RORY SALAZAR | Finance | Contact
The sprawling government apparatus that administers the day to day livelihoods of all 38 million Canadians has just recorded its most efficient and effective week of operations since the Country was first established in 1867.
The smooth governance comes after 155,000 public servants went on strike to demand the usual shit like more money, better pay, higher fiscal return and larger financial reward for the same or less work.
The union representing the workers, the Public Service Alliance of Canada (PSAC), had hoped that by going on strike the Feds would quickly accede to their demands after realising how invaluable public servants are in keeping the things that Canadians take for granted running smoothly.
Things like red tape, convoluted and illogical bureaucratic processes, car parking tickets and taxes.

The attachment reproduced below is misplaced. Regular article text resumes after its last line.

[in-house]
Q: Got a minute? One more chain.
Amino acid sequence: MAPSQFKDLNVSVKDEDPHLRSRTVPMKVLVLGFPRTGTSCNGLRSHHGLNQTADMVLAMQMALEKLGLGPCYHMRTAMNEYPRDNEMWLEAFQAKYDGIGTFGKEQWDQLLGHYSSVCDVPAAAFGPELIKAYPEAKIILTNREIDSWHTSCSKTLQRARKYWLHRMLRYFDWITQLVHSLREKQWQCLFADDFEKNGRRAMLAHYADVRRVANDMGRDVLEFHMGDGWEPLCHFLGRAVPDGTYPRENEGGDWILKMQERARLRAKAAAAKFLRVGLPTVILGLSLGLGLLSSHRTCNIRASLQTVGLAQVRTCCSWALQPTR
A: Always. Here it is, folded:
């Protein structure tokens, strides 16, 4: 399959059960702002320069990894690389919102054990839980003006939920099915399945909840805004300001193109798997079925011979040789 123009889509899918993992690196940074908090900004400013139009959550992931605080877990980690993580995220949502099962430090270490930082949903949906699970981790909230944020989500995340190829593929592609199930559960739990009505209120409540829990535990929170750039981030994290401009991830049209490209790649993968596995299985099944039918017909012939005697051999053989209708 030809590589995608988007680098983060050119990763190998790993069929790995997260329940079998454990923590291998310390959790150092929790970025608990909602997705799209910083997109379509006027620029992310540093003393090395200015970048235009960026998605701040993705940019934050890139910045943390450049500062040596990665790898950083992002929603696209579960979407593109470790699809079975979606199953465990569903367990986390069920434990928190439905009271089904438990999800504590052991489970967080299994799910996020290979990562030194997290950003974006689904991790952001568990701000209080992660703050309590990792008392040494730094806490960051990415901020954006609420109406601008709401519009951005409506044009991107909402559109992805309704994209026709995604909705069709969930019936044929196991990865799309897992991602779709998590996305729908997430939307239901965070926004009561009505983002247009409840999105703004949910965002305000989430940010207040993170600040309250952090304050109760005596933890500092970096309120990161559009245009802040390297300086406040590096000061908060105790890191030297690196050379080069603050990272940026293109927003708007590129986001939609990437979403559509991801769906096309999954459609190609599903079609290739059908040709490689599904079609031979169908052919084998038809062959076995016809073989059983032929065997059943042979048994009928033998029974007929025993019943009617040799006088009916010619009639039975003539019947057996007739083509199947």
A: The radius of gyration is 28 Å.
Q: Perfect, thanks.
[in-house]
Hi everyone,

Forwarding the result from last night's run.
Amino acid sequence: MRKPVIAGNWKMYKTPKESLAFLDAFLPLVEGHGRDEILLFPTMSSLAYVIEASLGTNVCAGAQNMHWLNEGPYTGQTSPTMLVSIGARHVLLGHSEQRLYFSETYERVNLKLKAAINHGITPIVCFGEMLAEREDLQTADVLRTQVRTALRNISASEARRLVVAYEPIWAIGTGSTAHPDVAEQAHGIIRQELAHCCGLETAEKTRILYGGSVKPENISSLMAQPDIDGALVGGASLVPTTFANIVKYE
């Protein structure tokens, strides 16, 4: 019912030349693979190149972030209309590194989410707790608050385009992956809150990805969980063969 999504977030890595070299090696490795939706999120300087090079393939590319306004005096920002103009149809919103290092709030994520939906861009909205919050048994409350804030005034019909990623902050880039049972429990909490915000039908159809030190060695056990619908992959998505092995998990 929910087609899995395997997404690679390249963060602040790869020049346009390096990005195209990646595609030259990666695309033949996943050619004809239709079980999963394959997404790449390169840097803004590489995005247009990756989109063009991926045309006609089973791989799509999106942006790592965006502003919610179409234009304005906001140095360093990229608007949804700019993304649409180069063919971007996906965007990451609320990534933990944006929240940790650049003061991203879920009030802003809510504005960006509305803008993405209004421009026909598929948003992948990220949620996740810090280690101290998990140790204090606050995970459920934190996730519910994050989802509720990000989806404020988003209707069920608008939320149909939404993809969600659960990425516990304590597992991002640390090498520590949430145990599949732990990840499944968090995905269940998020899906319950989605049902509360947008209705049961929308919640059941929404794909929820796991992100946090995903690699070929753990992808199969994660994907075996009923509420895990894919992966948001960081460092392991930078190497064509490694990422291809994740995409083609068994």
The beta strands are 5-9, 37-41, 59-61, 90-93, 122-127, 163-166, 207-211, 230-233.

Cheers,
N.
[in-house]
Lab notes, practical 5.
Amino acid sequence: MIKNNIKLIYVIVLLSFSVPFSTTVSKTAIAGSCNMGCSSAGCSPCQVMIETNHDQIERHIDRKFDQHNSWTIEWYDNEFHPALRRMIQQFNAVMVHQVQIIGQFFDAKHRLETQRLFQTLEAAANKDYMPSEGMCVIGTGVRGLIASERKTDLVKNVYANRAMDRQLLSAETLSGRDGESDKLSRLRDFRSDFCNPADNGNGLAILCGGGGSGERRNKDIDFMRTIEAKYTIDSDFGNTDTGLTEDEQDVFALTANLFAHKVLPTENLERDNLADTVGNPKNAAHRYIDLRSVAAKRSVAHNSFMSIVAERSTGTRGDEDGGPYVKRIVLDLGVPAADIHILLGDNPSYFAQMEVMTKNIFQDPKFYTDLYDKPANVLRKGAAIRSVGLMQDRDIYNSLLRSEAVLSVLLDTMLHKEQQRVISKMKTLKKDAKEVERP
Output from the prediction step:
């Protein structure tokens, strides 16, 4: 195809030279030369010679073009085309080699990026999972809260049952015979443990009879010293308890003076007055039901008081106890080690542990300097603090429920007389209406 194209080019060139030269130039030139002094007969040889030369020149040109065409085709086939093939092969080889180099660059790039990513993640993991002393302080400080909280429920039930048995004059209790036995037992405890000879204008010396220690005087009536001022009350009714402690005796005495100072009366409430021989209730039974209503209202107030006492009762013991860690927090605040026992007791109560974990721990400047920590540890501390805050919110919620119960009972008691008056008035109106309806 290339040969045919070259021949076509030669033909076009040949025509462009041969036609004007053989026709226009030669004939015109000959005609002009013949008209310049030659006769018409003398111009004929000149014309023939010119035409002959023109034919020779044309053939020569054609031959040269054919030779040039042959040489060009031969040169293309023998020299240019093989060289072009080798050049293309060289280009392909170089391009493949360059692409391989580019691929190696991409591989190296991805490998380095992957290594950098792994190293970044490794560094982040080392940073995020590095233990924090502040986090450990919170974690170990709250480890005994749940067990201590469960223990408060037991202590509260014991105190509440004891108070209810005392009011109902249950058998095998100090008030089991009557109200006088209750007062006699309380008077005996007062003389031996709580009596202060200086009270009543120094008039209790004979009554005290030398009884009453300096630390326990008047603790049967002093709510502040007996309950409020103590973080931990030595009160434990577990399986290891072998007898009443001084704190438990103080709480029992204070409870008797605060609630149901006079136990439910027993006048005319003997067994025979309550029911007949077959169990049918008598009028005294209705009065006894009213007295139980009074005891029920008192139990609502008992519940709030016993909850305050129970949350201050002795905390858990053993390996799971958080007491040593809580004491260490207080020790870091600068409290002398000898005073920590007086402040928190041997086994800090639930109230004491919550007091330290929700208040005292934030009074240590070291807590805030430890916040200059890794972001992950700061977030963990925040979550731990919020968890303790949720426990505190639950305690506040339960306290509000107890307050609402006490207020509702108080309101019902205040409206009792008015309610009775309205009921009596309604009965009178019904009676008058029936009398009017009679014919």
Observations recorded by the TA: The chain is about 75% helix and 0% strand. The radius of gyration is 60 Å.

However in a startling turn of events, it appears that by cleansing the levels of government of a good hundred thousand or so of its entitled public servants, it turns out that the State is functioning a whole lot better without them.
“It’s actually taking aboot half the time it usually does for us to make decisions now that aboot half of us are on strike,” Ottawa Mayor Mark Sutcliffe told the Advocate in his silly Canadian accent.
“Without so many talking heads in the room, we’re just getting on with it,” he continued with that floppy head of his.
The improved governance is a thorn in the side of PSAC President Chris Aylward, who could’ve swore that getting his soldiers to go on strike would’ve led to a complete shutdown of Canadian civilisation as they knew it.
“Yea we’ve just aboot moosed ourselves out of a job, ey beaver,” he said Canadianley.
“We’ve got maple syrup all over our faces with this one, no doot aboot it.”
As the strike continues, Handsome Man and Canadian Prime Minister Justin Trudeau has called for calm, pleading with both sides to act in good faith for a mutually beneficial outcome.
“We Canadians learn from a young age that you can’t shove a beaver’s dam into a moose’s head dress, and it’s the same with hockey,” he told a media scrum this morning. “The same rules apply to these negotiations.”
More to come.